Surprise is a central concept in learning, attention and the study of the neural basis of behaviour. However, how surprise affects learning and more specifically, how surprise affects synaptic learning rules in neural networks is largely undetermined. Here we study how surprise facilitates learning in different environments and how surprise can potentially modulate Hebbian learning in the form of a global factor in multi-factor learning rules.
Learning rate is a crucial factor in determining to what extent the learning agent should rely on the newly acquired information rather than the old information in building its own internal model of the external world. Both theory and empirical evidences suggest that the learning rate should be adjusted under different circumstances for having an optimal and effective learning strategy. We propose a simple and biologically plausible model that describes the dynamics of the learning rate in terms of surprise and uncertainty measures. We apply our model to three different tasks: a reversal task (Fig. 1), a dynamic decision making task, and a dynamic clustering task.
Figure 1. Estimation of the probability of reward delivery in a reversal task. A. Estimated reward rate. B. Reward prediction error. C. Surprise measure. D. Learning rate. E. Uncertainty measure. F. Optimal Kalman learner.
Our proposed model explains how the agent should effectively control the speed of learning in different environments such that it matches both theory and empirical evidences from human and animal subjects. This model explains why surprising events provoke humans and animals to learn faster and why they rapidly adapt to changing environments. It also addresses the question of what the effective learning rate should be in both stable (either low-risky or high-risky) and volatile environments. Here effectiveness is defined as having a higher accuracy in learning a task, for instance the estimation of the mean reward in classic reinforcement learning, for a given time and computational complexity as well as the available memory as our constraints. This study also suggests a functional connectivity pattern for the neurochemical systems that are related to contextual modulation of learning rate. Further, it explains why we need different neuromodulators with distinct functional roles to act in parallel in a broad range of distribution and proposes suitable candidates responsible for measuring different quantities we need in the model.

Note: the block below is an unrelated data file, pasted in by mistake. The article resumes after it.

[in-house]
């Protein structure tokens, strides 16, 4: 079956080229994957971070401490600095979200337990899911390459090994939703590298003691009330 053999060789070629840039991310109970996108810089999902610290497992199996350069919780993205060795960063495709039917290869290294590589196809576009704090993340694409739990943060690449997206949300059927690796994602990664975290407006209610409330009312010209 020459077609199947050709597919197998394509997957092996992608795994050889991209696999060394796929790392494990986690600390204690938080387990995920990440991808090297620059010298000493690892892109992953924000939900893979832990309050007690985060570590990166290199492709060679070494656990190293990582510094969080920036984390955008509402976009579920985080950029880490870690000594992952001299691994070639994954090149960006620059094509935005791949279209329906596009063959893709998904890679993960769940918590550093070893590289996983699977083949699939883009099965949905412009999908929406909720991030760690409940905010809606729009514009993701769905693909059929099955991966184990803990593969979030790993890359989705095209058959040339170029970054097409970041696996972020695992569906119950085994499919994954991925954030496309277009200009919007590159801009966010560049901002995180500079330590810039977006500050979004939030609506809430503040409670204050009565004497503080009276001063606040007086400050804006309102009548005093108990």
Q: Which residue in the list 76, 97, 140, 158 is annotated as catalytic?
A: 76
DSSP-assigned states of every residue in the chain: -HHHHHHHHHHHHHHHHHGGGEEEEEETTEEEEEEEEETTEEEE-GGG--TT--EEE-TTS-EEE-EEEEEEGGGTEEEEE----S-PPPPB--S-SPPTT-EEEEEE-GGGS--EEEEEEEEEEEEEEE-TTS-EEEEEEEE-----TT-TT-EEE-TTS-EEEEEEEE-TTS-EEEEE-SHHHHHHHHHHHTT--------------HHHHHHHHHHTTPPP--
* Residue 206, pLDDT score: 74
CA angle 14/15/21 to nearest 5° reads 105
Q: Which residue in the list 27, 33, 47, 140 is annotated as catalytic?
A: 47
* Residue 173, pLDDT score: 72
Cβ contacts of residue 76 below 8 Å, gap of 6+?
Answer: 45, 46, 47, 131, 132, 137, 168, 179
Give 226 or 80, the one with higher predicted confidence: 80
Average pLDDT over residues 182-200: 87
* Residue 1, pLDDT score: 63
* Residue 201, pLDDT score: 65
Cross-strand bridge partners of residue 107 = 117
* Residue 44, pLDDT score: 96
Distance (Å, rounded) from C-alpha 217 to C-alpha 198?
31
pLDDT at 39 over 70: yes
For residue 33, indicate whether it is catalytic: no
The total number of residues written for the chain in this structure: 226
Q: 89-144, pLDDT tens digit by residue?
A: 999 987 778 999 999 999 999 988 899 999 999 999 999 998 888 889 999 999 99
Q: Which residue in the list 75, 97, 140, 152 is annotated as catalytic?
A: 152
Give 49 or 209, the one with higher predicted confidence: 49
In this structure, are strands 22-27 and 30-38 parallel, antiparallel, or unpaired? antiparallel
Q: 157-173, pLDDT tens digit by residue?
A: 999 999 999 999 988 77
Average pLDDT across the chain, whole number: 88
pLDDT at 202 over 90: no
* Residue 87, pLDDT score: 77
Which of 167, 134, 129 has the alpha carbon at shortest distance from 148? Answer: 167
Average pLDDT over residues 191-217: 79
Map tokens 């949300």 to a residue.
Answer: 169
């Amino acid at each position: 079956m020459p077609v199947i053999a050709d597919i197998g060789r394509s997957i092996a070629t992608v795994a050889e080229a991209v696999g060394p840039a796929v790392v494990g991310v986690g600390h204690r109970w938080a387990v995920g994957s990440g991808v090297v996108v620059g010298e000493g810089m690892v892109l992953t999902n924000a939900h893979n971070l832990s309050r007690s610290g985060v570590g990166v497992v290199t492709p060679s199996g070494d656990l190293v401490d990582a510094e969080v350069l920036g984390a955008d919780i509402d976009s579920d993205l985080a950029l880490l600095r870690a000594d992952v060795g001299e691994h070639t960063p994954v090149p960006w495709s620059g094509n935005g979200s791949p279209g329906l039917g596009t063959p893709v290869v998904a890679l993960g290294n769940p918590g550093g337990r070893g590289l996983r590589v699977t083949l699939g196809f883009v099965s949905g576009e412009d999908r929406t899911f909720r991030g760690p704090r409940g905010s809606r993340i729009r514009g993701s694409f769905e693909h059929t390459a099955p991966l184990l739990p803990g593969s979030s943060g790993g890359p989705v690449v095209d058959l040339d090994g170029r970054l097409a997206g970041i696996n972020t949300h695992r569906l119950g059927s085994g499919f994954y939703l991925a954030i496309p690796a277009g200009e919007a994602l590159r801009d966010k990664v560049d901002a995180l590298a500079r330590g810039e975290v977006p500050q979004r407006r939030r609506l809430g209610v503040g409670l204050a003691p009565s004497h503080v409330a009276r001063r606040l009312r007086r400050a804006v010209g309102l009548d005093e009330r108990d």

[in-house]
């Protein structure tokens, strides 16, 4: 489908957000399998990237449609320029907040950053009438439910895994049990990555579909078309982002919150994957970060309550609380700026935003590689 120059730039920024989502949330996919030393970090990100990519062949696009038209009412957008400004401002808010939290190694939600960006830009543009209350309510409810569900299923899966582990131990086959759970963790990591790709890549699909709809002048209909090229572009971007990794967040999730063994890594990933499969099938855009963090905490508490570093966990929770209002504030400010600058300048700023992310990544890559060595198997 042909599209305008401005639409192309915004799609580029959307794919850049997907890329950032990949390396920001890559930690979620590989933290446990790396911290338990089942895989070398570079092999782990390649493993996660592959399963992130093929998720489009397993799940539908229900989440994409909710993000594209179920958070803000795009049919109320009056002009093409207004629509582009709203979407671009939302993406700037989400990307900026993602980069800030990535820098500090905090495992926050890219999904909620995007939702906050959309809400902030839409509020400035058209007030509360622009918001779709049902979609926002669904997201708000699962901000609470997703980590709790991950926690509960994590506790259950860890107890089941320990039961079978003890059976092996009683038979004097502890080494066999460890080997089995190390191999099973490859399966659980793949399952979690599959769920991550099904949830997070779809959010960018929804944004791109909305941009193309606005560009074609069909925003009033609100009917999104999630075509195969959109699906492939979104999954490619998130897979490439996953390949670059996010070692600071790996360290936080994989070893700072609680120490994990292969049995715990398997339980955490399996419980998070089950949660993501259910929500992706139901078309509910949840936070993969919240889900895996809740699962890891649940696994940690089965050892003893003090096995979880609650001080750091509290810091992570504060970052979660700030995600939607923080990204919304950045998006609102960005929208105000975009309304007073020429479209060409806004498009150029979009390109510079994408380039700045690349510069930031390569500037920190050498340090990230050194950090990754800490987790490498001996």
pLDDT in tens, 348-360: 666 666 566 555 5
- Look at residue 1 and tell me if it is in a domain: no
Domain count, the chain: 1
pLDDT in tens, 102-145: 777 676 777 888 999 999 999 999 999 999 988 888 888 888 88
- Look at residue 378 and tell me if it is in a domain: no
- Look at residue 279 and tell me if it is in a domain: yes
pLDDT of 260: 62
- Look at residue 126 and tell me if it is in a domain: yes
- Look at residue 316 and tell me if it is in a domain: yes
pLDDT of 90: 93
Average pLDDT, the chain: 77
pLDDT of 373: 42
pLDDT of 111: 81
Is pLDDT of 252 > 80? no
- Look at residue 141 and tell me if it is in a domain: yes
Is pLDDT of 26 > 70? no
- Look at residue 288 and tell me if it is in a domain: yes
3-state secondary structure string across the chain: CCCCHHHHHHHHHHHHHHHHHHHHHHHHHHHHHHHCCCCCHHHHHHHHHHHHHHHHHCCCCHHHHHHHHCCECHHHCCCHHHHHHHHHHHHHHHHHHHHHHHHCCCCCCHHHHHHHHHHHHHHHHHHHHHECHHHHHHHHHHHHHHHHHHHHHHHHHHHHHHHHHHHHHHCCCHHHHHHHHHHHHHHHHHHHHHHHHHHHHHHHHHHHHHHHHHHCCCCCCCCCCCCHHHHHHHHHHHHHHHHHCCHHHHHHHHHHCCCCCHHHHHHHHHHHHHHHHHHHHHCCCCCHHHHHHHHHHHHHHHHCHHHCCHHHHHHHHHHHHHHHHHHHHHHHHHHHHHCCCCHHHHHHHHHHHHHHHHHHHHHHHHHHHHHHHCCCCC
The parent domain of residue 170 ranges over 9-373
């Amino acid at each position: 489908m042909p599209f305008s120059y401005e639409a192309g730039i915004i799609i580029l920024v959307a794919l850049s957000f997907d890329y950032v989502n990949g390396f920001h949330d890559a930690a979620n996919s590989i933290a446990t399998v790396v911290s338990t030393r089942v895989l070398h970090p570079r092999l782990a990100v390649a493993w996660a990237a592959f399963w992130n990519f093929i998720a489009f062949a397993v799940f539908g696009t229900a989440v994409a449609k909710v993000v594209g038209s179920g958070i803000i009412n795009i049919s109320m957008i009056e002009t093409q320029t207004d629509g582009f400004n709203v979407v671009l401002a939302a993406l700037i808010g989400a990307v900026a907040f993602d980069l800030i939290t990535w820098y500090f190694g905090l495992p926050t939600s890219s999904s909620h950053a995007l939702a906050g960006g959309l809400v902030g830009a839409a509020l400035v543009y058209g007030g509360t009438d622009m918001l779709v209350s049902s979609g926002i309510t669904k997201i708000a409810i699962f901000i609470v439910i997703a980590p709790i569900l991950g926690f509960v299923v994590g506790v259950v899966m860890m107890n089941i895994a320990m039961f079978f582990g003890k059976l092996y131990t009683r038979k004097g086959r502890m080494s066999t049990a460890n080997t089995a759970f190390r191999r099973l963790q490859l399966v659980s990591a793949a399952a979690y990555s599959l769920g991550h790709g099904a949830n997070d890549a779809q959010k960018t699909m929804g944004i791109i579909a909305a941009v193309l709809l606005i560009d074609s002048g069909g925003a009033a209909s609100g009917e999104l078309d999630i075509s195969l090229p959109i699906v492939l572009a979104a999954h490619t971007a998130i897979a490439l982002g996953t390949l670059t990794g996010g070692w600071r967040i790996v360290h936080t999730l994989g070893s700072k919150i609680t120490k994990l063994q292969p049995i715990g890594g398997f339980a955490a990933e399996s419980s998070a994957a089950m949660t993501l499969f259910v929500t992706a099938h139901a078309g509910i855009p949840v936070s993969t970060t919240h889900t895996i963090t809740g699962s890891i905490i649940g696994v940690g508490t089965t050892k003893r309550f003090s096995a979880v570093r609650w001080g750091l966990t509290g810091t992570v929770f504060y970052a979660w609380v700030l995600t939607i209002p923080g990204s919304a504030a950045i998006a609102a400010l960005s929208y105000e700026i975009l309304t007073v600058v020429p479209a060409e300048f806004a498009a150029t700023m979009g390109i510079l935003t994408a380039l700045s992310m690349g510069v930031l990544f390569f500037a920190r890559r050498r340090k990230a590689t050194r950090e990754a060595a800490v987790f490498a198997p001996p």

This research was supported by the European Research Council (grant agreement no. 268 689, H.S.).